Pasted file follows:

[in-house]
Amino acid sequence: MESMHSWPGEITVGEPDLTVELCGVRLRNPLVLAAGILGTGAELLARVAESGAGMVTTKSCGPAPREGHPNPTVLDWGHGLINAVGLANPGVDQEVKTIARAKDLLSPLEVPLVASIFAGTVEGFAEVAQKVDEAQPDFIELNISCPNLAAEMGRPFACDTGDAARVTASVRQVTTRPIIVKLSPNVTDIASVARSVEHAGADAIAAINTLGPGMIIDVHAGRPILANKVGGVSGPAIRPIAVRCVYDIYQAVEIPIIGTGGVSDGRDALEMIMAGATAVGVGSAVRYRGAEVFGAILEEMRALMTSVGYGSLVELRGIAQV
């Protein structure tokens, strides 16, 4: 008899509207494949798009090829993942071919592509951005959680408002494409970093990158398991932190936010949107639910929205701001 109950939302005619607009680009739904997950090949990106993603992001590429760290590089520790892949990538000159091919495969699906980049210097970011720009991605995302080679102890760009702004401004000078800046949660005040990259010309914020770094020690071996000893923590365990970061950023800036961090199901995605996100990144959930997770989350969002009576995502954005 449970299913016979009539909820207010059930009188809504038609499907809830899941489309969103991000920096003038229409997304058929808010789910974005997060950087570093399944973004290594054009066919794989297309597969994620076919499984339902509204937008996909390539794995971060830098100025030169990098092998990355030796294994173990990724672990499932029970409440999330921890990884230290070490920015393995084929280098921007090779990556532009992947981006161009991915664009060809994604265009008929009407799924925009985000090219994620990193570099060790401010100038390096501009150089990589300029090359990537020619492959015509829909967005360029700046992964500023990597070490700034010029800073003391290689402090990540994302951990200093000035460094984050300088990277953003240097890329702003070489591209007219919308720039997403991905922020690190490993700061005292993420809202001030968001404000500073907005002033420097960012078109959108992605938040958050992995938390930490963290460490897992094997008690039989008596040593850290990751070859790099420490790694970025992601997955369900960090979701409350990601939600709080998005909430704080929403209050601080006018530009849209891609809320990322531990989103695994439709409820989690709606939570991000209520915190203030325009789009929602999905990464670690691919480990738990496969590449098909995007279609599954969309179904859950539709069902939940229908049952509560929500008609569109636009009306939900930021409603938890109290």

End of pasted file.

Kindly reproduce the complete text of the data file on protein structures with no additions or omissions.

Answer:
[in-house]
Amino acid sequence: MESMHSWPGEITVGEPDLTVELCGVRLRNPLVLAAGILGTGAELLARVAESGAGMVTTKSCGPAPREGHPNPTVLDWGHGLINAVGLANPGVDQEVKTIARAKDLLSPLEVPLVASIFAGTVEGFAEVAQKVDEAQPDFIELNISCPNLAAEMGRPFACDTGDAARVTASVRQVTTRPIIVKLSPNVTDIASVARSVEHAGADAIAAINTLGPGMIIDVHAGRPILANKVGGVSGPAIRPIAVRCVYDIYQAVEIPIIGTGGVSDGRDALEMIMAGATAVGVGSAVRYRGAEVFGAILEEMRALMTSVGYGSLVELRGIAQV
């Protein structure tokens, strides 16, 4: 008899509207494949798009090829993942071919592509951005959680408002494409970093990158398991932190936010949107639910929205701001 109950939302005619607009680009739904997950090949990106993603992001590429760290590089520790892949990538000159091919495969699906980049210097970011720009991605995302080679102890760009702004401004000078800046949660005040990259010309914020770094020690071996000893923590365990970061950023800036961090199901995605996100990144959930997770989350969002009576995502954005 449970299913016979009539909820207010059930009188809504038609499907809830899941489309969103991000920096003038229409997304058929808010789910974005997060950087570093399944973004290594054009066919794989297309597969994620076919499984339902509204937008996909390539794995971060830098100025030169990098092998990355030796294994173990990724672990499932029970409440999330921890990884230290070490920015393995084929280098921007090779990556532009992947981006161009991915664009060809994604265009008929009407799924925009985000090219994620990193570099060790401010100038390096501009150089990589300029090359990537020619492959015509829909967005360029700046992964500023990597070490700034010029800073003391290689402090990540994302951990200093000035460094984050300088990277953003240097890329702003070489591209007219919308720039997403991905922020690190490993700061005292993420809202001030968001404000500073907005002033420097960012078109959108992605938040958050992995938390930490963290460490897992094997008690039989008596040593850290990751070859790099420490790694970025992601997955369900960090979701409350990601939600709080998005909430704080929403209050601080006018530009849209891609809320990322531990989103695994439709409820989690709606939570991000209520915190203030325009789009929602999905990464670690691919480990738990496969590449098909995007279609599954969309179904859950539709069902939940229908049952509560929500008609569109636009009306939900930021409603938890109290």